by Veronica Roth
genre: dystopian, action, adventure, YA
A future where our world is split into five factions to stop future wars, what could possible go wrong? Find out why I gave it a 3 out of 5 stars!
(Taken from Goodreads)
In Beatrice Prior’s dystopian Chicago world, society is divided into five factions, each dedicated to the cultivation of a particular virtue–Candor (the honest), Abnegation (the selfless), Dauntless (the brave), Amity (the peaceful), and Erudite (the intelligent). On an appointed day of every year, all sixteen-year-olds must select the faction to which they will devote the rest of their lives. For Beatrice, the decision is between staying with her family and being who she really is–she can’t have both. So she makes a choice that surprises everyone, including herself.
During the highly competitive initiation that follows, Beatrice renames herself Tris and struggles alongside her fellow initiates to live out the choice they have made. Together they must undergo extreme physical tests of endurance and intense psychological simulations, some with devastating consequences. As initiation transforms them all, Tris must determine who her friends really are–and where, exactly, a romance with a sometimes fascinating, sometimes exasperating boy fits into the life she’s chosen. But Tris also has a secret, one she’s kept hidden from everyone because she’s been warned it can mean death. And as she discovers unrest and growing conflict that threaten to unravel her seemingly perfect society, she also learns that her secret might help her save those she loves . . . or it might destroy her.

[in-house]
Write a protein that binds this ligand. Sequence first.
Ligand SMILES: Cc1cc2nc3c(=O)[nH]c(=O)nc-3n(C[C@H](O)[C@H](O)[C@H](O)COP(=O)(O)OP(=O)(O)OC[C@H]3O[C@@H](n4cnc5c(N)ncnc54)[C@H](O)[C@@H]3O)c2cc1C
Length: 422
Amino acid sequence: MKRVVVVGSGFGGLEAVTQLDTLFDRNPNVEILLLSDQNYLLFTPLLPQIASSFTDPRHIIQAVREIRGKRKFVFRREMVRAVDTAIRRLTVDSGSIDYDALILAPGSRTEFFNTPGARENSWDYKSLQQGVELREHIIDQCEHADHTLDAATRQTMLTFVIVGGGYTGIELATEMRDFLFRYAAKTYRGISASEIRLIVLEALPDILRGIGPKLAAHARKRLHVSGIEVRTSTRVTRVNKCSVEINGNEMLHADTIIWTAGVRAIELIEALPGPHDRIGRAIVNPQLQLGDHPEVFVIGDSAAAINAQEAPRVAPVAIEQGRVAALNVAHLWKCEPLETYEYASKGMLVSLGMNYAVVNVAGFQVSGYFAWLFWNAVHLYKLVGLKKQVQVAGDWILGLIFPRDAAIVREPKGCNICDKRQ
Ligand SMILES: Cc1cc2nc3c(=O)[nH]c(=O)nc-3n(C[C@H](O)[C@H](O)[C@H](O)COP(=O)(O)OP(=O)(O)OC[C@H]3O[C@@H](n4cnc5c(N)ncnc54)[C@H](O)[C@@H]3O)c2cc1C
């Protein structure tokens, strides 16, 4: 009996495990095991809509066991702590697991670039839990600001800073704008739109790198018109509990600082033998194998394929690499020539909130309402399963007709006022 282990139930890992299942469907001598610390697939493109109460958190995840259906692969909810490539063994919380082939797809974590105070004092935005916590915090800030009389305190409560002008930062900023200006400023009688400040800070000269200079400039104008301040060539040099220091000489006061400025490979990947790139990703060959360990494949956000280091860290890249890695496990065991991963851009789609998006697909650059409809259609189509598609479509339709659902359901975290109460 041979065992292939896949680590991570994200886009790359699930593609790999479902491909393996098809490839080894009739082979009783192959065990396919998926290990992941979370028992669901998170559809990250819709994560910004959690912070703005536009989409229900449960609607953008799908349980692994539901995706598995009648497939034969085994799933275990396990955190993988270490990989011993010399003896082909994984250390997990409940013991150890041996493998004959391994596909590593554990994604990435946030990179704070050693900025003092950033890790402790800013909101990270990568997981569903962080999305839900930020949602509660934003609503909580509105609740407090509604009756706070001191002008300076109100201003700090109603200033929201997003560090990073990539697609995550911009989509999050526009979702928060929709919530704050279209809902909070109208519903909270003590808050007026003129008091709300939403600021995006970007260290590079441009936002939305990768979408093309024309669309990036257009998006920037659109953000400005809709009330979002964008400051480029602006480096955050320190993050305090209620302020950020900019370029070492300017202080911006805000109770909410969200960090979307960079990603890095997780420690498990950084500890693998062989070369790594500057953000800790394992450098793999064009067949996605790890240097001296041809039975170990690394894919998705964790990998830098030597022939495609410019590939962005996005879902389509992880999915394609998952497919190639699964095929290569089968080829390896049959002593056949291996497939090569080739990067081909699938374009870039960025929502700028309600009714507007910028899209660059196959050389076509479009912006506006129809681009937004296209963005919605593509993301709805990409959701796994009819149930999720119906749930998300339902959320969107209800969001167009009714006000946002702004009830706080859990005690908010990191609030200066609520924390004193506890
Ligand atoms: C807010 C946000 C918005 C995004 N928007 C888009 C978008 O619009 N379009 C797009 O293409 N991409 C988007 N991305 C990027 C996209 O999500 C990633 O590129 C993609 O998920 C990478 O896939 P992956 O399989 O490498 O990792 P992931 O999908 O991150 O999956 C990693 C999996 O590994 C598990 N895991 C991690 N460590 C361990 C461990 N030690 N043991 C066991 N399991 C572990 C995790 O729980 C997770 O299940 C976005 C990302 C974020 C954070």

There is a lot of hype over Divergent on Goodreads and elsewhere. I listened to Divergent through an audiobook. I was very impressed with the first few chapters of this book. I felt like the story was grounded, I was able to immerse myself in this Faction-based world.
I wasn’t super in love with Beatrice but I liked her enough. As the story progresses, we see as she hardens. I liked this transformation and I thought that there were sufficiently significant events that occur to appropriately shape her personality and thoughts on the world. She learns about how dark and cruel this world can be, and she begins to internalise these features into her personality. Continue reading